machine gun bullets and artillery fire. Again the men of the 37th found
themselves in the thick of battle!
Troops began pushing forward on a U-bend of the river during early
hours of 11 November 1918. Germans held the bottom of the "U" and were
fully prepared to stop the American attack. German artillery fired on advancing
troops from three sides. Troops pushed forward, taking advantage of every
ground irregularity, and finally gained the river bank. They advance some 5
Km. to the towns of Dickele and Hindelgem. At 1100, on the 11th day of the
11th month, 1918, troops were halted. World War I was finally over.
Casualties on the last day amounted to 9 killed.
During active operations the 37th experienced the following losses and achievements (as
reported to the War Department 10 May 1919):
Following the end of the war, the 147th camped with the 37th Division at Le-Mans, France. They finally sailed for home in March, 1919. After arriving in the United States, the 147th Infantry Regiment was
sent to Camp Sherman, Ohio where on 19 April 1919, the War Department again
demobilized them from service.
- Battle Deaths - 992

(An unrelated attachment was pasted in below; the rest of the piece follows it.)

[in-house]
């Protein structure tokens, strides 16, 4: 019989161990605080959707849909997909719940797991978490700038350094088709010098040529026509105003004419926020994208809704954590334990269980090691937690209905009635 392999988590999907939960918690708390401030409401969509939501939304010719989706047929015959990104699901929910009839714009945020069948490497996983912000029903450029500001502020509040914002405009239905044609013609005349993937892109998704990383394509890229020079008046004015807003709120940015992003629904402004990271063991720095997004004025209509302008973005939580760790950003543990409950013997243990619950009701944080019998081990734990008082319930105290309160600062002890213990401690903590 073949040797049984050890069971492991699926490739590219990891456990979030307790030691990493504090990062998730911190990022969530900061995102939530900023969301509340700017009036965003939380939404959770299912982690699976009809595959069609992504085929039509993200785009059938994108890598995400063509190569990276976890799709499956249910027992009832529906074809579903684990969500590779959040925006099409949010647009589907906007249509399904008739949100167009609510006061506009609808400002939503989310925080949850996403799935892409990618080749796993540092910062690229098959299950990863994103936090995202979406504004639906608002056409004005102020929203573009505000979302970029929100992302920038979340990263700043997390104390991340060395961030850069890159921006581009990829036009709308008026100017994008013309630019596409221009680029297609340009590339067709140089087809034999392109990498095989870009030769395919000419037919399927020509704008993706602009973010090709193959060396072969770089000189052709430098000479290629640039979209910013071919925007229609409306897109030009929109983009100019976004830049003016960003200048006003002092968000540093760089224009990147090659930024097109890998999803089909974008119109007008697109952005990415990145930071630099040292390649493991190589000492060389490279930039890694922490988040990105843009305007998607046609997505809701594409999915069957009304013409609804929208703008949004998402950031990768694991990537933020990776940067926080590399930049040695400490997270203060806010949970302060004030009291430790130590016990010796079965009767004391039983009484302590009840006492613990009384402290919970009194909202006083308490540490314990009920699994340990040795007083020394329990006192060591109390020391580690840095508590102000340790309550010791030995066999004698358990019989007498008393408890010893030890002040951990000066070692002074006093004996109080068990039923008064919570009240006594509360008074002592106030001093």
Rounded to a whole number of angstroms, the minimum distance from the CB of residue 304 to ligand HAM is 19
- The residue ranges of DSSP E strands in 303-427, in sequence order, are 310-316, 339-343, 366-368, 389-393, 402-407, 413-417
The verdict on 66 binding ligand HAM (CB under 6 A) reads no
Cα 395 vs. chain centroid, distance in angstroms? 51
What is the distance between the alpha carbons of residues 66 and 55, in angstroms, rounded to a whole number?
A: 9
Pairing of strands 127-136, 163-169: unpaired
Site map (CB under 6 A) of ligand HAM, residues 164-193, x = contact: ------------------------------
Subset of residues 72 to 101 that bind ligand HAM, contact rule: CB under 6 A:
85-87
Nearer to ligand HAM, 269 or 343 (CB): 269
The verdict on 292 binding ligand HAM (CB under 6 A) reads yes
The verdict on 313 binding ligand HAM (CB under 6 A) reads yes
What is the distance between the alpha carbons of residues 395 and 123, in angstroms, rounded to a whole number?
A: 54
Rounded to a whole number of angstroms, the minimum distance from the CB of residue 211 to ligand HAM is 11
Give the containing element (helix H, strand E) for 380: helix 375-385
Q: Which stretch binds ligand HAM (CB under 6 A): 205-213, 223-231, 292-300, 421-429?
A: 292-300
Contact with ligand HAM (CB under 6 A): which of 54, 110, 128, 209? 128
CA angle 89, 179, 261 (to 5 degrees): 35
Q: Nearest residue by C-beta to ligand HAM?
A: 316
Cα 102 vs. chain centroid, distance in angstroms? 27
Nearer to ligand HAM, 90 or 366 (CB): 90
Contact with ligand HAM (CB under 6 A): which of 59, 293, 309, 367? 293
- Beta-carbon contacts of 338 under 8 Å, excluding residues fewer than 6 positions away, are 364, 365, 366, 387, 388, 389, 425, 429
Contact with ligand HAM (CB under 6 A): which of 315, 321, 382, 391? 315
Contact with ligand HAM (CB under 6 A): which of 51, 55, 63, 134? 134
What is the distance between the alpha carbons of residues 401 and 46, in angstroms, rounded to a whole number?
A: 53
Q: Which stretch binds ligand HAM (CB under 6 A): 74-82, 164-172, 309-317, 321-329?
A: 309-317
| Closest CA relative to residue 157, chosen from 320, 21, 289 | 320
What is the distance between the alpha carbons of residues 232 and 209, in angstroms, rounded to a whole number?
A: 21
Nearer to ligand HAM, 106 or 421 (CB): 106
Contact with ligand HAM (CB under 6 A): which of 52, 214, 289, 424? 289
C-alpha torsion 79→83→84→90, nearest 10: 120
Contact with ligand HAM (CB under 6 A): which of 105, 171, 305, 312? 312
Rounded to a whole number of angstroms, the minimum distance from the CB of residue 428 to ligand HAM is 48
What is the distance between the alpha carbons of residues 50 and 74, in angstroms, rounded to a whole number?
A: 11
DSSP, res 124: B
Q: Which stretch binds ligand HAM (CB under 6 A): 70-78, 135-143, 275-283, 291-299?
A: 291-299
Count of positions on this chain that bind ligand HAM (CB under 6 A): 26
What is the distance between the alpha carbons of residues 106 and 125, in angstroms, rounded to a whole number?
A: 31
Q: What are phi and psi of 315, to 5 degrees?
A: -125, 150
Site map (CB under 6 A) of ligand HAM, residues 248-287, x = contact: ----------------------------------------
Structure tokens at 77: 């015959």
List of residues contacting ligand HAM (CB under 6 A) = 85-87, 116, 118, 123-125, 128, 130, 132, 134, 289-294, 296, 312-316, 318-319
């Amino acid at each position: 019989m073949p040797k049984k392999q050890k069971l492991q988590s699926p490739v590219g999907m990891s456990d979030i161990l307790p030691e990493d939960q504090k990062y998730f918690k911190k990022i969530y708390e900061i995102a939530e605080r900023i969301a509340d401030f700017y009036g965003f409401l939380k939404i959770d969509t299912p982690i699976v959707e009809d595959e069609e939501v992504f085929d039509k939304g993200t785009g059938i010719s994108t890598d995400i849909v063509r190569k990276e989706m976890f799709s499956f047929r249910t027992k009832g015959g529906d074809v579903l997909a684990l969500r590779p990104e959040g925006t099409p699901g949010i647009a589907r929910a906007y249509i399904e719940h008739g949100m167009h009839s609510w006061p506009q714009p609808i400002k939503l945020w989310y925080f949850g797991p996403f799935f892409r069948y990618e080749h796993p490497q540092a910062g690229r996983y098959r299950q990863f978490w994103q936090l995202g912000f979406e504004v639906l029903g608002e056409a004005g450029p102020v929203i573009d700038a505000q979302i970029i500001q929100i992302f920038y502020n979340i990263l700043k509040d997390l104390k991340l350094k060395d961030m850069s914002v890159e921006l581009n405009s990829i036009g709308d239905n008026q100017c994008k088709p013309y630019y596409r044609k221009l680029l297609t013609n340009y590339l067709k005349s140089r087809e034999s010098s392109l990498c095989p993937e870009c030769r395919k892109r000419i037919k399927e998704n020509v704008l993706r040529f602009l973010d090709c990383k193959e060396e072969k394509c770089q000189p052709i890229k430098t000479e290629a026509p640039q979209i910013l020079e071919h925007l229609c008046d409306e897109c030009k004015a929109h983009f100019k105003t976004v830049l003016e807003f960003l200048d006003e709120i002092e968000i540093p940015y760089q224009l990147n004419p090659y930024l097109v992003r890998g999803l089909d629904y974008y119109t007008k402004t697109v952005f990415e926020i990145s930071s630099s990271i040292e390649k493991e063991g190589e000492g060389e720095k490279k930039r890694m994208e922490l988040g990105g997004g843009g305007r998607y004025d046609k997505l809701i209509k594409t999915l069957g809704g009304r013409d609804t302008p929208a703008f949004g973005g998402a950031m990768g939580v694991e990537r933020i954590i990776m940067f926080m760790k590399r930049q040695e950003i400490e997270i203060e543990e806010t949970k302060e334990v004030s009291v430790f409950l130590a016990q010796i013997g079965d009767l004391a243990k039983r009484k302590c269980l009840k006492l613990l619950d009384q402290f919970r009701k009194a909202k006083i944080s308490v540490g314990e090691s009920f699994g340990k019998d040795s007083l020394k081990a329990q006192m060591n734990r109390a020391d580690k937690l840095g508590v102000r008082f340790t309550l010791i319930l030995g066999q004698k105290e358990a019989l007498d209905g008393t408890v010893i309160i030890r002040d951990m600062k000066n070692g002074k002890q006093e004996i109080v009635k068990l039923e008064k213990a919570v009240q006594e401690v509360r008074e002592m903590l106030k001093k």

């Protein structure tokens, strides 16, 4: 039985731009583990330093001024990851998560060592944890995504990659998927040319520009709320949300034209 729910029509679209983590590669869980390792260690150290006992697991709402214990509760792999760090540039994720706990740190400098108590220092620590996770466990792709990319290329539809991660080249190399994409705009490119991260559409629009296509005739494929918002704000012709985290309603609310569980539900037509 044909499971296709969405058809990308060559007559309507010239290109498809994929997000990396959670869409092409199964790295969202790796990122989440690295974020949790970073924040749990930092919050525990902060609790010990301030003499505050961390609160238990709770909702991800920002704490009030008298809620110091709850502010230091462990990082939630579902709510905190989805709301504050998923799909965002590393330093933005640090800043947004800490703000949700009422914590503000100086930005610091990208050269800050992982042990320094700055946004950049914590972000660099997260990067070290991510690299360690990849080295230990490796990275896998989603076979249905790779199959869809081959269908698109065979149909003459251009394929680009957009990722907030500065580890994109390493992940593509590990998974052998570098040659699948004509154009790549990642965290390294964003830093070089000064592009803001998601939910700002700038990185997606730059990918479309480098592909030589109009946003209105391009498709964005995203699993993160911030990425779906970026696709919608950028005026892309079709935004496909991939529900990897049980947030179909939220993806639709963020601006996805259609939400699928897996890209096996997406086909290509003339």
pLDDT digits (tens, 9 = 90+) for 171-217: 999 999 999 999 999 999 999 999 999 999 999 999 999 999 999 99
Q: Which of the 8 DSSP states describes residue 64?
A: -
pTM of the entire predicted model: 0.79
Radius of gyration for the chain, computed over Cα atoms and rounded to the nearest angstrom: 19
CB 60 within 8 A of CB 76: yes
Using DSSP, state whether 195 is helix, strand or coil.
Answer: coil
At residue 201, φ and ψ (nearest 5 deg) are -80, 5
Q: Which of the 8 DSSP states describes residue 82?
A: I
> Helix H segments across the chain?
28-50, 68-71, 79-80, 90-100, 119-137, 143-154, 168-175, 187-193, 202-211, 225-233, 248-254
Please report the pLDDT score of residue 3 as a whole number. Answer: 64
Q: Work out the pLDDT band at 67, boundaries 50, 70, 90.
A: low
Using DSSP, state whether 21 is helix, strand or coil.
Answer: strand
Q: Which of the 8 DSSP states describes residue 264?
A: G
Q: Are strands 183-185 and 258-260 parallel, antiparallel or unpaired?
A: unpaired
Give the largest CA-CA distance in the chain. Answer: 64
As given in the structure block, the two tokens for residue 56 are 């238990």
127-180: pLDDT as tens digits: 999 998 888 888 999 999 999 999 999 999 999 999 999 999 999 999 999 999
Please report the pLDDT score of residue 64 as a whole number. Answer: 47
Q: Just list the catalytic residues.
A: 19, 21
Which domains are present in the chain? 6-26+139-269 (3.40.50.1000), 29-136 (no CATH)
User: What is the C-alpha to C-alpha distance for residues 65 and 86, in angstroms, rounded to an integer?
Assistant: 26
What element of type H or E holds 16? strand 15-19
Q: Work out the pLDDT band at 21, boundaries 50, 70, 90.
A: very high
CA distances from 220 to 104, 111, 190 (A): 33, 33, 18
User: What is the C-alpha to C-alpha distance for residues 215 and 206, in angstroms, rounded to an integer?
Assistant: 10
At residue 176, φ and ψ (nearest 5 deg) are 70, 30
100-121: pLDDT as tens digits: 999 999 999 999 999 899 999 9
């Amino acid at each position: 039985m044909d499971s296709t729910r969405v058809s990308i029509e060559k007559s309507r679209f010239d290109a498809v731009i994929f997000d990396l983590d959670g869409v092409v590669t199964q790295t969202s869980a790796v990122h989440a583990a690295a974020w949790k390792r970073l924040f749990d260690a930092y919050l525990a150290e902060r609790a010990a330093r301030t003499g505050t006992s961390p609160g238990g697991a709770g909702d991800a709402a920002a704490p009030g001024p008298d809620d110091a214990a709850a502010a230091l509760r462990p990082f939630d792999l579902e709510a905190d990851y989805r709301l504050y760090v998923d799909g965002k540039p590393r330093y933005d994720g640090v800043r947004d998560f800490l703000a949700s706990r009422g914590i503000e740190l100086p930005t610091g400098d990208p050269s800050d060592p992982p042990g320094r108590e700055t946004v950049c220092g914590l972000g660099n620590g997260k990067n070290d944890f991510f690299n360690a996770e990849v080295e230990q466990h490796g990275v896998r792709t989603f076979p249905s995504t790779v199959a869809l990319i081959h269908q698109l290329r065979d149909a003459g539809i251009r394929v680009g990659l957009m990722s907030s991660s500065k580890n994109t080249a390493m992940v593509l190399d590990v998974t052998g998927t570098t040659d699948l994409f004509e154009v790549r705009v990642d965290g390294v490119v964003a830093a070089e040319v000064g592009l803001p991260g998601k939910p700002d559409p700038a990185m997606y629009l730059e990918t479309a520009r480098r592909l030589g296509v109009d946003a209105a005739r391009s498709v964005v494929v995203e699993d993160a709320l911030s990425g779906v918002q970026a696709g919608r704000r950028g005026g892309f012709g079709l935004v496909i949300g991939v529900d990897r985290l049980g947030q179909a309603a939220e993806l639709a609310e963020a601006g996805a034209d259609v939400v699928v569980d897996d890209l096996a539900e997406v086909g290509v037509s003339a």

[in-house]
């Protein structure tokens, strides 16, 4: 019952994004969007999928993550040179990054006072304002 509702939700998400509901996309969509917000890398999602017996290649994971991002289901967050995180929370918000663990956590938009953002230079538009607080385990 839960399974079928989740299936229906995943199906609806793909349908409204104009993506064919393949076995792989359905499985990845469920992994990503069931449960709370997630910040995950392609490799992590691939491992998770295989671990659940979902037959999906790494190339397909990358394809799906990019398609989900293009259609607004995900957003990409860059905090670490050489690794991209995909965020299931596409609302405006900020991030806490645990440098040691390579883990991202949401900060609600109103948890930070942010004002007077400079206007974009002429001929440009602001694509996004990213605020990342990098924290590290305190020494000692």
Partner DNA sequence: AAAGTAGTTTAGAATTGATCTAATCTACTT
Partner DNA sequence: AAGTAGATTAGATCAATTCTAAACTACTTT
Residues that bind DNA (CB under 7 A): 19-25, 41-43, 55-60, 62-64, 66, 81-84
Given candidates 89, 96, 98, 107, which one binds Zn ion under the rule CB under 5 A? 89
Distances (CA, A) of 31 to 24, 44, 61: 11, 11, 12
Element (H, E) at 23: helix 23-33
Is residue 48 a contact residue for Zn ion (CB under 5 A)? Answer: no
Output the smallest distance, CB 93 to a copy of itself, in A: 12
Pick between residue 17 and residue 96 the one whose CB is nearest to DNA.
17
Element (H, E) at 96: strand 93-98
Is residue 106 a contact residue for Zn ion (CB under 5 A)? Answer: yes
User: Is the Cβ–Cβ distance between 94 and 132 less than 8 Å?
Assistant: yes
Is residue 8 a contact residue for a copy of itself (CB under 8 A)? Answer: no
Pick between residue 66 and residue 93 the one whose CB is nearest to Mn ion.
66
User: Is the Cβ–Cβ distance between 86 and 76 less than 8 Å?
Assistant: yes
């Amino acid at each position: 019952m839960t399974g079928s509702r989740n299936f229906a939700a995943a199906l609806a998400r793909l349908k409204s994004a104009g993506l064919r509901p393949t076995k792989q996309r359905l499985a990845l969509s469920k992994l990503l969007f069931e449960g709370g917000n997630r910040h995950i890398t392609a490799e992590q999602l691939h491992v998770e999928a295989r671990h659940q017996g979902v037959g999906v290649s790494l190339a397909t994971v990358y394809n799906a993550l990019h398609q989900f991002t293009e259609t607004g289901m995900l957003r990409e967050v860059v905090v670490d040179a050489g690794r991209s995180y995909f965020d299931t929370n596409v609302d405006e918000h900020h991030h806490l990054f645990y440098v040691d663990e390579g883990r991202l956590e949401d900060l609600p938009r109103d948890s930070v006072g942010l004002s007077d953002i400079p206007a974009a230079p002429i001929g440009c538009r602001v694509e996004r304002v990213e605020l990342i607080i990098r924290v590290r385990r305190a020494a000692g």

- Wounded in Action - 4,931
- POWs - 23
- Approximately 1,250 replacements had been furnished to the 37th
Division. This placed the 37th Division, 21st out of 42 American divisions
engaged as having the most casualties.
- The 37th Division made the following captures from the enemy:
officers - 26; enlisted men - 1,474; artillery pieces - 19/77-MM. guns,
4/105-MM. guns, 1O/155-MM. guns, 7 large trench mortars, 261 - machine guns,
and thousands of small arms The Division advanced, against resistance, 37.75
- Twenty-five Distinguished Service Crosses were awarded individuals
of the 37th Division. Along with other units, the 147th Infantry Regiment
added campaign streamers for Ypres-Lys, Lorraine and Meuse-Argonne.
Sources and Thanks:
This work selected from Tom McLeod's Always Ready: The Story of the United States 147th Infantry Regiment. Tom is Historian of the 1st Marine Division Association's Museum of the Pacific. Email. MH